On Fri, 2024-03-01 at 20:45 +0000, Jonathan Wakely via Std-Proposals wrote:
On Fri, 1 Mar 2024 at 15:53, Tom Honermann <tom@honermann.net> wrote:

On 3/1/24 6:43 AM, Jonathan Wakely via Std-Proposals wrote:
On Fri, 1 Mar 2024 at 01:53, Zhihao Yuan via Std-Proposals
<std-proposals@lists.isocpp.org> wrote:
On Thursday, February 29th, 2024 at 10:48 AM, Tom Honermann via Std-Proposals <std-proposals@lists.isocpp.org> wrote:

See also P0281R0 (Remove comma elision in variadic function declarations). EWG rejected the paper during the Jacksonville, 2016 meeting. There isn't much for meeting minutes. From what I recall, concerns were mostly about the potential to break existing code.

My view: ship it.


My view: ship it.

And prove my stand-up outdated: https://youtu.be/PSvJ_j4rKOE
I'm glad I'm not the only one who enjoys the hexadot.


Hmm, usage in a system header. And that isn't the only use.


That last one is tr1, so I'm not sure it matters much. The paper should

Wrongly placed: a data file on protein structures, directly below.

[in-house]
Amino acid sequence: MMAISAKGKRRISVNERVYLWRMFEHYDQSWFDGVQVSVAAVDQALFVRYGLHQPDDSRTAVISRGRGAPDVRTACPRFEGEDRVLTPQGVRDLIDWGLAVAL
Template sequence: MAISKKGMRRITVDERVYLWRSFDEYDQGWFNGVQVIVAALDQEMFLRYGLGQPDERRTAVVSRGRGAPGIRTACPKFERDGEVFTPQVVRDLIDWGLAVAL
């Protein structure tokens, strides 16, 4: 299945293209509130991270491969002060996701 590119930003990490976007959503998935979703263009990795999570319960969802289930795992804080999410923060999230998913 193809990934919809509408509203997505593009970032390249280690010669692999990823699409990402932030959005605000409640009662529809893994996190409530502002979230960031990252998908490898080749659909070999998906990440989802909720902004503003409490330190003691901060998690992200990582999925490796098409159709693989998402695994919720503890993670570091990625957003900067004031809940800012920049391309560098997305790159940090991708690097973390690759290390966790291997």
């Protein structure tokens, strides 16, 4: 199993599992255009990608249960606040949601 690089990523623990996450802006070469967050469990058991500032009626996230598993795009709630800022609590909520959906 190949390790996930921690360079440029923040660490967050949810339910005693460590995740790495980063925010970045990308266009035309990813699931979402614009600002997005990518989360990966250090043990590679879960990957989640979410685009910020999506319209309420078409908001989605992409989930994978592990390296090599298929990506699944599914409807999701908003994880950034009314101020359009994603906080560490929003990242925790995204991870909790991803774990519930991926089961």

probably note these uses. They probably don't affect deprecation since
deprecation warnings are typically suppressed for uses in system
headers, but they could be an issue for removal. This suggests getting
some implementation experience might be worthwhile as well (e.g., add a
warning to gcc, build it and libstc++, run the testsuite).

Libstdc++ headers are changed in lockstep with GCC itself, so if this
change goes ahead I'll just add the commas to libstdc++ (and weep
quietly to mourn the loss of the hexadot).

There's a minor issue for libstdc++ headers being consumed by non-GCC
compilers, so somebody trying to use today's libstdc++ headers with a
version of Clang that implements this proposal would be an issue.

You could commit the comma ahead of the deprecation (less cleverness == improvement) and backport them to clear the field.

thinking is that if you're trying to use -std=c++2c -stdlib=libstdc++
with clang then you had better make sure you have up-to-date libstdc++
headers. It's not reasonable to expect headers from 2024 to support
-std=c++2c well.

Uses in non-stdlib code are more of a concern.